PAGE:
A plan to subdivide a 1.75-acre plot on Hempstead Avenue, adjacent to St. Mark’s United Methodist Church, into six single-family properties has been held up again, as the Rockville Centre Board of Appeals mulls whether the proposed road that would run through the property would be considered public.
The owners, Jim and Brett O’Reilly, who live in the house that once served as the church’s parsonage, plan to demolish it and build six homes on the site. Their original plan called for constructing four homes, which had attracted opposition from some residents over the past year. The Board of Appeals denied a zoning variance for that plan in June.
As in the previous proposal, a new street, to be called Killarney Lane, would be built perpendicular to Hempstead Avenue, to allow access to the homes planned for the back of the property. But the village’s Building Department denied the O’Reillys’ most recent application last month, according to John A. Matthews, counsel to the Board of Appeals, because it did not consider Killarney Lane a public street.
If Killarney Lane was deemed a private street, four homes in the proposed subdivision would not meet zoning requirements, because single-family homes must have 80 feet of frontage along a public road. The Board of Appeals heard the O’Reillys’ case at its meeting on March 28 to rule on the village Building Department’s interpretation.
Chris Browne, an attorney representing the O’Reillys, said that the road — a cul-de-sac — would be available to the public, and would be dedicated to the village. “Since we are proposing a public street . . . in the end, I don’t think there’s really anything for this board to decide,” he said.
“I understand your position, but I disagree with it,” Matthews told Browne, noting that the term “public street” is not specifically defined in the village code. “I think the fact that you don’t have a road that exists puts you in a completely different arena.”
The village passed a local law in 2016 that amended a section of the village code to clarify “street,” in connection with zoning matters, to mean a public street. Matthews noted that before that law was passed, this case would have already moved on to the planning board.
Village Attorney A. Thomas Levin wrote to the Herald in an email that the law was passed after several board members expressed that private roads — of which there are currently none in the village — “are not desirable because they cause problems of various kinds, including maintenance, utility service, garbage collection, snow removal and traffic regulation.”
Robert Schenone, chairman of the Board of Appeals, said he believed the law was also passed to prevent homes from simply fronting what he called a “flag lot,” which he said essentially acts as an extended driveway. But Browne said that Killarney Lane would be built as any other road in the village, and could be traversed by anyone.
The meeting was just the latest setback for the O’Reillys’ plans, which have been delayed several times over the past two years. Last July, the village’s Board of Trustees voted to institute a six-month moratorium on construction on properties that front private roads or do not have the minimum frontage on public roads. Browne had called the building freeze “a political attack” on his clients’ property rights, and in October, Nassau County Supreme Court Judge John Galasso nullified the moratorium in part because it targeted the O’Reillys’ application.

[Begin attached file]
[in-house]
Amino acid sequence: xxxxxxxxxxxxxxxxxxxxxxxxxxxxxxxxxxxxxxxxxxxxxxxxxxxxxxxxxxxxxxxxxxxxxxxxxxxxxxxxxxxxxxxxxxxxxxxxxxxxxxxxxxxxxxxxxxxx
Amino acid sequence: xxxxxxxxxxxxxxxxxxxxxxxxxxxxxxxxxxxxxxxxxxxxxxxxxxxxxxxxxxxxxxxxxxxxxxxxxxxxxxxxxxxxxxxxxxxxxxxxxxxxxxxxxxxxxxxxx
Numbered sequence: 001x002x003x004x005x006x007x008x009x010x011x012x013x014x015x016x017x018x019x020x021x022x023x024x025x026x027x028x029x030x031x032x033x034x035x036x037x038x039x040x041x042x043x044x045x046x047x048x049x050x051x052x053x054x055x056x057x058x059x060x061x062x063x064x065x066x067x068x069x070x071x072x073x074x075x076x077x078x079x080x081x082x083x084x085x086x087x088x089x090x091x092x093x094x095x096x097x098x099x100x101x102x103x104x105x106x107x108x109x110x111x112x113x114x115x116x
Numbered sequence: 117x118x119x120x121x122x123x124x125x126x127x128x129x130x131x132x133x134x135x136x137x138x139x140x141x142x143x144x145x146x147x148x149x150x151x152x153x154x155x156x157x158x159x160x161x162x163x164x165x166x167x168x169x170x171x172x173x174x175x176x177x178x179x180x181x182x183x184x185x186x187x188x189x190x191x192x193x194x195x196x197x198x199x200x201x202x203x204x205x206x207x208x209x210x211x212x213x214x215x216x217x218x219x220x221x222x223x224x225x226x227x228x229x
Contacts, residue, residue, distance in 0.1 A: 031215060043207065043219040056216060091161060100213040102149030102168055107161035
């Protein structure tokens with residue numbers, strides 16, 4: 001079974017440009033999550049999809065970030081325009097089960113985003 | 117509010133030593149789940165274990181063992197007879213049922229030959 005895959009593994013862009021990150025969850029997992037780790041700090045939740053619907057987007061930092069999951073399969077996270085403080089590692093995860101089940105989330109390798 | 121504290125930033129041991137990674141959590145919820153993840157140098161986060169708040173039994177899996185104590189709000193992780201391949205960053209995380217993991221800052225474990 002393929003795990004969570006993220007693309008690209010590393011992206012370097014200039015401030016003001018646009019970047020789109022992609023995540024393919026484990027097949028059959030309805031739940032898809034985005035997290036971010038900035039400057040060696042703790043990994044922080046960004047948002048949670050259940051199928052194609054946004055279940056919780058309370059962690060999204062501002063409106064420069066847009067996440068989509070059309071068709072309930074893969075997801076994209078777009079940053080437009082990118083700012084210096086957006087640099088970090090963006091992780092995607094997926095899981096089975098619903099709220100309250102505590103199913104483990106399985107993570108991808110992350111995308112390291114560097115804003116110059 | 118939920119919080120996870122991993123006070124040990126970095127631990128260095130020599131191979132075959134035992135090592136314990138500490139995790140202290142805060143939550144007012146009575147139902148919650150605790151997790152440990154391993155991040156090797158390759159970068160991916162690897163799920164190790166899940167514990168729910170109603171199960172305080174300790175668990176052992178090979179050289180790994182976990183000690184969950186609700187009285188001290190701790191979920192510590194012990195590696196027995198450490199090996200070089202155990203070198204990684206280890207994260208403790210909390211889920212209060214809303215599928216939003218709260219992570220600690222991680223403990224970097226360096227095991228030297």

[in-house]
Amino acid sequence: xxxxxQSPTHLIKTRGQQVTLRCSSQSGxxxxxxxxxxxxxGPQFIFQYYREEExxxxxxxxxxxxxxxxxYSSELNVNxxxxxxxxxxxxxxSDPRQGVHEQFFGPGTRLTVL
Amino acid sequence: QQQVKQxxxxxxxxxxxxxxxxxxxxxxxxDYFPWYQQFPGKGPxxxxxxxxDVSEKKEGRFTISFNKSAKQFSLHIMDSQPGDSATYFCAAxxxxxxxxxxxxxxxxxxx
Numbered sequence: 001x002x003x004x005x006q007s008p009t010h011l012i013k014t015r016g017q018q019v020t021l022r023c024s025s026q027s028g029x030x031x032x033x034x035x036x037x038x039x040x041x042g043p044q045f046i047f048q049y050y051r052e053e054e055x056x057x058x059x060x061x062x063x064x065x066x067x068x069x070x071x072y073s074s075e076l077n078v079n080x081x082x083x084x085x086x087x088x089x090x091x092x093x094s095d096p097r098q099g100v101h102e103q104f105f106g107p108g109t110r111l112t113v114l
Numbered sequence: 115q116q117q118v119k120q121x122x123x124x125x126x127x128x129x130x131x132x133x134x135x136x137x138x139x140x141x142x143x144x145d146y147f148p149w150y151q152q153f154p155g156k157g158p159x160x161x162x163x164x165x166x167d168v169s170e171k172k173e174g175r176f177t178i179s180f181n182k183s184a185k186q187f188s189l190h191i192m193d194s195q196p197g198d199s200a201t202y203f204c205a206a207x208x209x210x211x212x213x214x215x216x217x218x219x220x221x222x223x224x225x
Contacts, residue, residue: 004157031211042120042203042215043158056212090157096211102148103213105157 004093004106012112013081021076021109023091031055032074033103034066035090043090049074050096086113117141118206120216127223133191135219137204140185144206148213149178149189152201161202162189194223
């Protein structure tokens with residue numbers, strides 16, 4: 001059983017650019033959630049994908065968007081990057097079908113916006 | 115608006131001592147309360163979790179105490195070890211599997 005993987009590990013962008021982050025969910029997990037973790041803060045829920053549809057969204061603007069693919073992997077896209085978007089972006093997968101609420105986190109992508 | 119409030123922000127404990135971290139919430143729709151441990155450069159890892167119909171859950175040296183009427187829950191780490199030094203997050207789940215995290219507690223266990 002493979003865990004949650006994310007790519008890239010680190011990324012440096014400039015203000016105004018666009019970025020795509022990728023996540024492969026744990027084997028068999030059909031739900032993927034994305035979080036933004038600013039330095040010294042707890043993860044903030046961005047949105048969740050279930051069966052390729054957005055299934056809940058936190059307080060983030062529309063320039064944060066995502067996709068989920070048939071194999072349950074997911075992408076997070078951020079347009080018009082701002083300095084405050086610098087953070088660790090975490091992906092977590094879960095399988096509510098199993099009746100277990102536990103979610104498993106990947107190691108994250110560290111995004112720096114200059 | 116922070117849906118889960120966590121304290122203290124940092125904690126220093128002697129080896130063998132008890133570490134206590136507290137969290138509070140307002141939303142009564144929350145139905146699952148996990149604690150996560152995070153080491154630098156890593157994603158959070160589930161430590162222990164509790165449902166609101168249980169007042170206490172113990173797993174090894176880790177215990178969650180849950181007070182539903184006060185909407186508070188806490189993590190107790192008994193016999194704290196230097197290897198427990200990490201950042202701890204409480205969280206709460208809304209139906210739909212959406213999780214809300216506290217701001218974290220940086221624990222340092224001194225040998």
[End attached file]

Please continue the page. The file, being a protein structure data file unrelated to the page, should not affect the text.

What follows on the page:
“The decision on whether to improve the subdivision, which includes the creation of the new proposed public street, rests entirely with the village planning board,” Browne said, noting that the new six-home plan is zoning compliant. “This application has never made it to the planning board.”
Residents have expressed opposition to the subdivision at previous meetings, citing the former parsonage’s historical value, as well as overcrowding and the destruction of open space. The Mayor’s Task Force on Historic Preservation was formed partly in response to the subdivision plan at 220 Hempstead Ave., according to some of the group’s members.
“There is no road there, and thus this is all conjecture and it is conditional,” resident Michael Mulhall said of the application. He noted other large open properties in the village, and warned that allowing a developer to build a road that is considered to be public would set a dangerous precedent. “This may fit this one situation,” he added, “but it may hurt us in the future.”
Matthews and Browne discussed the possibility of a conditional acceptance by the Board of Appeals. In that case, if the planning board did not approve the subdivision or the village did not accept Killarney Lane as public, the O’Reillys would have to return to the Board of Appeals and ask for a variance, since four homes would not be fronting a public road.
“I think making a conditional approval would just circumvent the whole purpose of the new definition,” said resident Jennifer Santos, chairwoman of the Mayor’s Task Force on Historic Preservation, referring to the village’s 2016 law.
Schenone said the case would continue to be heard on April 18, to allow for more public input. He added that it was a legal issue he wanted to give more consideration.
“We can’t create the road unless the planning board approves the creation of the road,” Browne told the board, “and without that approval, the road can’t be a public road. It becomes sort of around and around in a circle.”